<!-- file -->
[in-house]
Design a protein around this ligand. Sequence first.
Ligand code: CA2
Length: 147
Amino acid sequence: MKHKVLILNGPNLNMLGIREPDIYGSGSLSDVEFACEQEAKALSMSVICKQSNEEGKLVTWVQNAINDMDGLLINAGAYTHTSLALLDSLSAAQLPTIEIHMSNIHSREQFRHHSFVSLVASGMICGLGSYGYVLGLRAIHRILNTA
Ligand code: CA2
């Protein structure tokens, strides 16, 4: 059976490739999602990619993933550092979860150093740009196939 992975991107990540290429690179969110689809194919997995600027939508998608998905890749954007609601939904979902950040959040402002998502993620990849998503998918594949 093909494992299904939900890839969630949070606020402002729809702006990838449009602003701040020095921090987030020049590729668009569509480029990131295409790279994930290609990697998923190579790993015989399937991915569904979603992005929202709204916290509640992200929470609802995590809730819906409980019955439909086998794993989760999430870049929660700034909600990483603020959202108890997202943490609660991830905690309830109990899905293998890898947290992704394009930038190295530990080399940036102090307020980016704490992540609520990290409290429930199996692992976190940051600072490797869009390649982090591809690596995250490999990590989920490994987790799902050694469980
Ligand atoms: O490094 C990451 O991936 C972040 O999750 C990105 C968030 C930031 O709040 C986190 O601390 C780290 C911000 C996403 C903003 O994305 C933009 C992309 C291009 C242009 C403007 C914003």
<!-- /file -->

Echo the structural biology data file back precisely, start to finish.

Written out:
[in-house]
Design a protein around this ligand. Sequence first.
Ligand code: CA2
Length: 147
Amino acid sequence: MKHKVLILNGPNLNMLGIREPDIYGSGSLSDVEFACEQEAKALSMSVICKQSNEEGKLVTWVQNAINDMDGLLINAGAYTHTSLALLDSLSAAQLPTIEIHMSNIHSREQFRHHSFVSLVASGMICGLGSYGYVLGLRAIHRILNTA
Ligand code: CA2
């Protein structure tokens, strides 16, 4: 059976490739999602990619993933550092979860150093740009196939 992975991107990540290429690179969110689809194919997995600027939508998608998905890749954007609601939904979902950040959040402002998502993620990849998503998918594949 093909494992299904939900890839969630949070606020402002729809702006990838449009602003701040020095921090987030020049590729668009569509480029990131295409790279994930290609990697998923190579790993015989399937991915569904979603992005929202709204916290509640992200929470609802995590809730819906409980019955439909086998794993989760999430870049929660700034909600990483603020959202108890997202943490609660991830905690309830109990899905293998890898947290992704394009930038190295530990080399940036102090307020980016704490992540609520990290409290429930199996692992976190940051600072490797869009390649982090591809690596995250490999990590989920490994987790799902050694469980
Ligand atoms: O490094 C990451 O991936 C972040 O999750 C990105 C968030 C930031 O709040 C986190 O601390 C780290 C911000 C996403 C903003 O994305 C933009 C992309 C291009 C242009 C403007 C914003």